The current landscape of gun violence: A Q&A with Deanna Hollas

In 2019, the Presbyterian Church (U.S.A.) ordained Deanna Hollas as the nation’s first gun prevention minister — she’s the gun violence prevention coordinator for Presbyterian Peace Fellowship. Recently, Leslie Scanlon of the Presbyterian Outlook spoke with Hollas about soaring gun sales during the time of the COVID-19 pandemic and about American attitudes towards firearms.

The Pew Research Center reports that close to half of Americans (48%) see gun violence as a “very big” problem in the country; about 4 in 10 American adults (44%) say they live in household with a gun; and about half of Americans (53%) favor stricter gun control laws, although there is not necessarily agreement about what those proposals should be.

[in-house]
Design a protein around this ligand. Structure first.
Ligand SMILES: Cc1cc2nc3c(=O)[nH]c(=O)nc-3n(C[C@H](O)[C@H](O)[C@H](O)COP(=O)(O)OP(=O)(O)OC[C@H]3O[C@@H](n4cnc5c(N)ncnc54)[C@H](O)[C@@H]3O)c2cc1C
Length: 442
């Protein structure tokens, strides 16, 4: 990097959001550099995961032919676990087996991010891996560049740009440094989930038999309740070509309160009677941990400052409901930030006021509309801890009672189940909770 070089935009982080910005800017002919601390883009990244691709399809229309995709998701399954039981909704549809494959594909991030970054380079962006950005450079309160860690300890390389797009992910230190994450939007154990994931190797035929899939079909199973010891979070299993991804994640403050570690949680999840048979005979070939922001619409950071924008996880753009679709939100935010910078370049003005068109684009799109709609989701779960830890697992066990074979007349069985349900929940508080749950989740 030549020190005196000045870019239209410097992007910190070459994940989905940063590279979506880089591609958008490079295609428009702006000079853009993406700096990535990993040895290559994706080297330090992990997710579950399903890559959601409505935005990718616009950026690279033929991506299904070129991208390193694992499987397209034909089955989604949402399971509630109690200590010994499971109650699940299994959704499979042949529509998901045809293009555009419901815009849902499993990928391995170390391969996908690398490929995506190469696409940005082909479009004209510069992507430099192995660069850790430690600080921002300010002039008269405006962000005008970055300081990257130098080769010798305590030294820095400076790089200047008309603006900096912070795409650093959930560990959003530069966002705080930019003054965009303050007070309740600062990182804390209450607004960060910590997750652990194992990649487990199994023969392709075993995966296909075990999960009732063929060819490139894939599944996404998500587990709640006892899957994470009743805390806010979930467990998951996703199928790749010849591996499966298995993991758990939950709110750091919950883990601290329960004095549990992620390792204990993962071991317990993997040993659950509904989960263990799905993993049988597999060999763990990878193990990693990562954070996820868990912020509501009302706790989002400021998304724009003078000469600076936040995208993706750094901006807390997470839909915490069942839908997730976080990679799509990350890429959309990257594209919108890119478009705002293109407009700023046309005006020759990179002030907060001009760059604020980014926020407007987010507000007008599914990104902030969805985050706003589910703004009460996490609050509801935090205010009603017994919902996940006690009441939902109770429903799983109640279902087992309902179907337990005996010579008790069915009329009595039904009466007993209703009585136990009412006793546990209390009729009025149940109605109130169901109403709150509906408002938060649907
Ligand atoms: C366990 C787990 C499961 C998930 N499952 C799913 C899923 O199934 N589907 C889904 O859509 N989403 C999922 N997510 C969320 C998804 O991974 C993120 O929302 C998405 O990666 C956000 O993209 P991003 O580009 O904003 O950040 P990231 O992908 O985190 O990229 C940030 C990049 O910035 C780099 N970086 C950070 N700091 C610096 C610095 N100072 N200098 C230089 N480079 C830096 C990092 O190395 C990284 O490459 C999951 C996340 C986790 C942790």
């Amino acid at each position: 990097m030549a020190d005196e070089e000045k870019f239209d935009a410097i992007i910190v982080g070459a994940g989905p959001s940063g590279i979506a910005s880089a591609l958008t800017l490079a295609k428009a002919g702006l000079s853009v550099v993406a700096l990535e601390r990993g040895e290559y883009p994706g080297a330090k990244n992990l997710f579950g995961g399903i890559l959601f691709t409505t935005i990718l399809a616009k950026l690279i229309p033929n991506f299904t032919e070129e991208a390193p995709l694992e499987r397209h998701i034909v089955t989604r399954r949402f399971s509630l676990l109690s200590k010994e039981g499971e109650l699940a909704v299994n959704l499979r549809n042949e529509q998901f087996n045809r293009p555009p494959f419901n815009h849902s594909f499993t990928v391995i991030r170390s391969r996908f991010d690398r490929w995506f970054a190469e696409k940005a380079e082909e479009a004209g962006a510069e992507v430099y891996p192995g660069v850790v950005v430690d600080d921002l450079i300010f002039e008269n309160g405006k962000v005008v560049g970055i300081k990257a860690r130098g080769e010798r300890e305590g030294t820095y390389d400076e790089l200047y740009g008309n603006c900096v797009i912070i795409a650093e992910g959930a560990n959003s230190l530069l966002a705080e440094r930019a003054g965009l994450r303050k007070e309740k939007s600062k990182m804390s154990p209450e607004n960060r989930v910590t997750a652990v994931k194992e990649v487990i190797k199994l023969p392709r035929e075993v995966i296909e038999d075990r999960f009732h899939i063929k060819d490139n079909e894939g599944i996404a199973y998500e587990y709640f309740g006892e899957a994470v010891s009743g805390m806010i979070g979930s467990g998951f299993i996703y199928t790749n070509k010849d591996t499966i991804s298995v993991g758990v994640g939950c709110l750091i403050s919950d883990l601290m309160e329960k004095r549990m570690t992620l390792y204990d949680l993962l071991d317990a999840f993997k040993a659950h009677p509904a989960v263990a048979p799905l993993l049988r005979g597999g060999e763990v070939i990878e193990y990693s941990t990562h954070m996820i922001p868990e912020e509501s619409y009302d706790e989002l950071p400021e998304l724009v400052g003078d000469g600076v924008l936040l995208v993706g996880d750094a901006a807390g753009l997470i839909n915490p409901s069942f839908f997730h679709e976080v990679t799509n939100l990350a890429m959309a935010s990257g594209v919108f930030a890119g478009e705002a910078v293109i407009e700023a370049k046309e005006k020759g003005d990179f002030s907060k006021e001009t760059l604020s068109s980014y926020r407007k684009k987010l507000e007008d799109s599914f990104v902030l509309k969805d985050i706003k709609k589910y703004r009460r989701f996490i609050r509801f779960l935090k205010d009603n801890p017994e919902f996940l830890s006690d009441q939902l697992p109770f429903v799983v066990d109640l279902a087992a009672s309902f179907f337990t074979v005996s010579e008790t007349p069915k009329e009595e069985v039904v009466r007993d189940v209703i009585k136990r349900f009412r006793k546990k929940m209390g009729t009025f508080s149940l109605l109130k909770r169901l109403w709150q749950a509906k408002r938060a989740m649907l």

Here’s the Outlook’s conversation with Hollas, edited and condensed for clarity.

Q: What are your thoughts as we are starting to emerge from the pandemic, and also experiencing episode after episode of gun violence? It felt like we had a little bit of a breather for a little while during the pandemic. Then — wow.  

A: “It’s not surprising, in that the pandemic led to record gun sales. More gun sales than we’ve ever had” — nearly 23 million firearms sold in the U.S. in 2020. “So if you have more guns, you have more gun violence. … What we had a breather from was mass shootings. But 2020 was still a record year for gun deaths” — with nearly 20,000 dying from gun violence in 2020, the highest number in at least two decades.